This morning MSN.com features “Brian Williams Rise and Fall in 12 Photos.” Apparently MSN has already written Mr. Williams’ obituary. You have to remember, though, that the story on Brian Williams appears on the MSN site alongside such hard news articles as “5 Foods that Kill your Sex Drive.”
Regardless of whether his career is over or not, Mr. Williams’ troubles are a common failing of humans. For those of you who don’t know, Brian Williams is under fire as NBC Nightly News anchor because he falsely stated that he was in an aircraft that was hit by RPG (rocket propelled grenade) fire in the initial invasion of Iraq in 2003. Instead he was in a trailing aircraft. He has apologized and said he can’t explain why he “conflated” the two aircraft. His situation is similar to that of Hillary Clinton when she was running for president in 2008 and claimed that she came under sniper fire in Bosnia. Pictures of her smiling and holding a child just moments after landing and after supposedly being fired upon surfaced and she also apologized for mis-remembering.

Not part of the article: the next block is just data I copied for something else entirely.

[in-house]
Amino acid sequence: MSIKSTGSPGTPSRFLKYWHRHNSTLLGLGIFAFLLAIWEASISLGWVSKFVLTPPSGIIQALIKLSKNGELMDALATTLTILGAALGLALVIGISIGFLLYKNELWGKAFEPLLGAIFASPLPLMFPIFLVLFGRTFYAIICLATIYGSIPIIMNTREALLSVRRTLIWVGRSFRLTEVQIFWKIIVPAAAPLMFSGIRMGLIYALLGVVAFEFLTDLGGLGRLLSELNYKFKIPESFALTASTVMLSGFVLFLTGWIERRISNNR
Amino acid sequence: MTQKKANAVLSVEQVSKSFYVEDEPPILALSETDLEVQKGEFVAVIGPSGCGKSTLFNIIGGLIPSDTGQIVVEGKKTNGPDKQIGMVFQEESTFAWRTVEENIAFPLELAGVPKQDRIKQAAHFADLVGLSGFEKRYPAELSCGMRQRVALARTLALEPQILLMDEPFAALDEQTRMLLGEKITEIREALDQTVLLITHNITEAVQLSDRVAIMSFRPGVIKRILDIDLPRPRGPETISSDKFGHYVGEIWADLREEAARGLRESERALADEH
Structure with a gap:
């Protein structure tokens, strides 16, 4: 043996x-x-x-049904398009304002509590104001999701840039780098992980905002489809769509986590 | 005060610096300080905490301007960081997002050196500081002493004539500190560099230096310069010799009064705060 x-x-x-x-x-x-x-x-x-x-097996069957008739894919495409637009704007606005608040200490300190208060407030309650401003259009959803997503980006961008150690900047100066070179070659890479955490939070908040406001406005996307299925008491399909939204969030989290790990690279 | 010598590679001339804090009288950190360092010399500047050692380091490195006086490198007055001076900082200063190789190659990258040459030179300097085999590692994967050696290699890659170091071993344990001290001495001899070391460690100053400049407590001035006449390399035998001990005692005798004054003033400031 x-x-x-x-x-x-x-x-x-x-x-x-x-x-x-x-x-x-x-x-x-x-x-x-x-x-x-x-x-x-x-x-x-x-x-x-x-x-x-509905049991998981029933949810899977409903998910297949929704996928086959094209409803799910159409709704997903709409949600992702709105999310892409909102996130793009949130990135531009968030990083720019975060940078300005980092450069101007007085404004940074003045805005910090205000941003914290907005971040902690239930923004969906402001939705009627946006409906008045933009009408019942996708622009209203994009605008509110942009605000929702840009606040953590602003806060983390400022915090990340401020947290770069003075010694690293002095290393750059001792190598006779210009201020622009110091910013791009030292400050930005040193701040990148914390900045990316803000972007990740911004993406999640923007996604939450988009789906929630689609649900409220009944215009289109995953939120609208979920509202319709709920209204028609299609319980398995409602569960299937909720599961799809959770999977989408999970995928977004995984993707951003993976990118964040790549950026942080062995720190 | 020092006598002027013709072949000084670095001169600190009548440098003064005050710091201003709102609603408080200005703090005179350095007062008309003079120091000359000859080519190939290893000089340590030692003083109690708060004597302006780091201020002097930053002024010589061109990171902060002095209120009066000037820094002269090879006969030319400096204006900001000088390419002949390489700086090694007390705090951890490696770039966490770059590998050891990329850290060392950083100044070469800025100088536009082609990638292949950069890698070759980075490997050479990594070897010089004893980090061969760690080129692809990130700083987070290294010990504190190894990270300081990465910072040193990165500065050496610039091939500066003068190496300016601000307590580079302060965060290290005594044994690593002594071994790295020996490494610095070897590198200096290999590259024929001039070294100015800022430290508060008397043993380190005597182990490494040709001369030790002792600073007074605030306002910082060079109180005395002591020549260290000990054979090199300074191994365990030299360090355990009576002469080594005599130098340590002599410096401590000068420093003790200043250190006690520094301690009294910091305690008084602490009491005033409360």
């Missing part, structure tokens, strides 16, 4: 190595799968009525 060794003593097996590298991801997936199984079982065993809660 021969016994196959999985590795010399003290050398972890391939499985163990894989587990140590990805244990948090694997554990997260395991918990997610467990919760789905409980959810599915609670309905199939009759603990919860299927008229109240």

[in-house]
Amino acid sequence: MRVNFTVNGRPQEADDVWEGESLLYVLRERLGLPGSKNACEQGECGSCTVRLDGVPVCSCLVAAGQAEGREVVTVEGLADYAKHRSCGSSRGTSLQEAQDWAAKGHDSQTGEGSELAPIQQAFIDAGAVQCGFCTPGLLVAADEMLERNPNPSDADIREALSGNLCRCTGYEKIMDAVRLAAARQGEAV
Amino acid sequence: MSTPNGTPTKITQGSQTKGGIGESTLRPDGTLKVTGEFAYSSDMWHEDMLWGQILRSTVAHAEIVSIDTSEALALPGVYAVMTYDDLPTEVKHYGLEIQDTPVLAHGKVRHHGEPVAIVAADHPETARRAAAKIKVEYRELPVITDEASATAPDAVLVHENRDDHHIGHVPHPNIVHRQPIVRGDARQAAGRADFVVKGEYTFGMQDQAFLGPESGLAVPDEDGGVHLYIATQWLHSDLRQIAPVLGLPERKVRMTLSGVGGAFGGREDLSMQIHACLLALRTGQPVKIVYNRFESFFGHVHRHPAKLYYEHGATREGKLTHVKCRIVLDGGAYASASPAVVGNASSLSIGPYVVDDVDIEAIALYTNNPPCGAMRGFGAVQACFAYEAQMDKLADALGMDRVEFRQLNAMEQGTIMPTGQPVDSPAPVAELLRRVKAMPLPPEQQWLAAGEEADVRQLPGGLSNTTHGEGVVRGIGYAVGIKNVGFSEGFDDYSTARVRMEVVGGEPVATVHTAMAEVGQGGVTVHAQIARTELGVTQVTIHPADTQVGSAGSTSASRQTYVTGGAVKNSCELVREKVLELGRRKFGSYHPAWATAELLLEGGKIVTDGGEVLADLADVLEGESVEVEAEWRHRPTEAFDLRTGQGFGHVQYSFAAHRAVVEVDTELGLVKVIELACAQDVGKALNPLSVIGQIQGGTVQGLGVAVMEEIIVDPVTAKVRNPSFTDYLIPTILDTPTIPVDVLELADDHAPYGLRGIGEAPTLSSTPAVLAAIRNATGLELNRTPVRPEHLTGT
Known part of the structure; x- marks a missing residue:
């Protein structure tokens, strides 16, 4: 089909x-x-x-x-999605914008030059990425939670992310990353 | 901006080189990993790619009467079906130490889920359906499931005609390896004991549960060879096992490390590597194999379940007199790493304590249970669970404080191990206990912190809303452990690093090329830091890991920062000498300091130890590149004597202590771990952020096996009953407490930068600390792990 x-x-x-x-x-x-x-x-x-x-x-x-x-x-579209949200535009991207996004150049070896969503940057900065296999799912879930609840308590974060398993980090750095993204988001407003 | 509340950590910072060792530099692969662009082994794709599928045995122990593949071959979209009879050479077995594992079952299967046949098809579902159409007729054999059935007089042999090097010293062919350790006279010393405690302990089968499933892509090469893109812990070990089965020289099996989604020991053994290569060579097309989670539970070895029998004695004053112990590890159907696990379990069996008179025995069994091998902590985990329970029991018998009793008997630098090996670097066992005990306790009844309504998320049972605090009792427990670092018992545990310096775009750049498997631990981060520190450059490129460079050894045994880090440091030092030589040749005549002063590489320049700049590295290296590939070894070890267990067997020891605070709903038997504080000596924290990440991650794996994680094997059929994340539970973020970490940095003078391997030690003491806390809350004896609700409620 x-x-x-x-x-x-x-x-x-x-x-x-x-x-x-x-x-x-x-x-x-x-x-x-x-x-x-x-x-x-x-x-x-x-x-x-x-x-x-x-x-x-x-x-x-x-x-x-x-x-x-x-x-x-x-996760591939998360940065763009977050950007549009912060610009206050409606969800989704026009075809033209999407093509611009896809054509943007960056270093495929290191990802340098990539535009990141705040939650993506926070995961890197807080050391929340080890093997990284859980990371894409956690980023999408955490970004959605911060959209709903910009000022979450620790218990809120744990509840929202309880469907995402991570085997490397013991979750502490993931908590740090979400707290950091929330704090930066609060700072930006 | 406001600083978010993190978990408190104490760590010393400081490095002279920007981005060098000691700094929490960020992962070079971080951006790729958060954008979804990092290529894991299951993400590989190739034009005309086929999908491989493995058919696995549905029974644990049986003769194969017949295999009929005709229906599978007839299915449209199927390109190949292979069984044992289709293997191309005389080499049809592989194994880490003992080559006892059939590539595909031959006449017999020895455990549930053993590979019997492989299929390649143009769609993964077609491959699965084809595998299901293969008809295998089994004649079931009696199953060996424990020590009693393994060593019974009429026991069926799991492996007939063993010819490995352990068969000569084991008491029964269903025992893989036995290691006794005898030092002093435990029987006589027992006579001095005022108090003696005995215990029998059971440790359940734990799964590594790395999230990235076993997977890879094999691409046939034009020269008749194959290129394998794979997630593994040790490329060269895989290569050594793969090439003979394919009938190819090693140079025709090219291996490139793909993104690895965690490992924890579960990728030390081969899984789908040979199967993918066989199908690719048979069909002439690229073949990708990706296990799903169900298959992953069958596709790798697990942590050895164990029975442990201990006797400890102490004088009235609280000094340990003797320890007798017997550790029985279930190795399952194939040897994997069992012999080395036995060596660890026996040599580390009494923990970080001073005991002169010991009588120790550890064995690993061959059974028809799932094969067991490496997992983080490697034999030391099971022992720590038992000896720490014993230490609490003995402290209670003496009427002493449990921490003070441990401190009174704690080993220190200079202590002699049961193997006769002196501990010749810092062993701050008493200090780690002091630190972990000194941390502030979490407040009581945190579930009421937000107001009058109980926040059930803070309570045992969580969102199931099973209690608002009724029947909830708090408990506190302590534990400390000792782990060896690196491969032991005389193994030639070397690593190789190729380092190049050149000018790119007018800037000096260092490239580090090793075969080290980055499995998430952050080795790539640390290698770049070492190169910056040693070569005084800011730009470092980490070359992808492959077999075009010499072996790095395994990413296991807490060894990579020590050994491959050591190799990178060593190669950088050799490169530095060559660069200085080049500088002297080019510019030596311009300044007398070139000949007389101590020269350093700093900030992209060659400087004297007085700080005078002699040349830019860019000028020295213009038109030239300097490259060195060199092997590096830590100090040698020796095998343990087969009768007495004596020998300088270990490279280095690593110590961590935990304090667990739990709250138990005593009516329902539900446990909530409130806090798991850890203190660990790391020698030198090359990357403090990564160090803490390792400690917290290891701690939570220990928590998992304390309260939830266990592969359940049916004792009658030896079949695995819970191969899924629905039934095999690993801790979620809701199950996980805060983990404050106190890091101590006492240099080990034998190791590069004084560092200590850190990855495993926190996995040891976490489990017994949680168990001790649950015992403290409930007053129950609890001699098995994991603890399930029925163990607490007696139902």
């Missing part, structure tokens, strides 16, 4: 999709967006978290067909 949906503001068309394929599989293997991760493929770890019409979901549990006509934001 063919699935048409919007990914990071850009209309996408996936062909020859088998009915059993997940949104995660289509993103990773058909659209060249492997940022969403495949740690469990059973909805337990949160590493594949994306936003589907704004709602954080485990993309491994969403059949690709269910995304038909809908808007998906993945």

Psychologists have a term for what both Mr. Williams and Ms. Clinton did. It’s called self-delusion. For the most part we view our lives as dull and boring. To help us cope we delude ourselves by embellishing things. Most of the time these are harmless tales, like the size of the fish that got away. Sometimes they become a little more serious, such as taking full credit on a resume for a project for which one was a team member but hardly the project leader.
The problem is exacerbated in modern society by Facebook envy. That’s a real term. It’s recognized as a mental disorder. It comes from reading the unrealistically sunny reports on your Facebook friends’ pages. On Facebook everyone vacations in tropical climes, has perfect children and the best job ever. How can you not be depressed reading that and then looking at your own cluttered living room, hearing the kids scream at each other or dreading going to work the next day because your boss is a Neanderthal troll?
The inner Walter Mitty comes out and small events become a little bigger so that our lives have more meaning. At least that’s what we tell ourselves. That’s where the self-delusion comes in. In reality our lives are not more or less meaningful based on our accomplishments. Hillary Clinton’s life is not more meaningful because she was First Lady, a senator, presidential candidate or Secretary of State, regardless of whether or not she was fired on in Bosnia. A life has meaning not because of what one acquires but because of what one gives. As Mother Teresa said, we cannot do great things. We can only do small things with great love.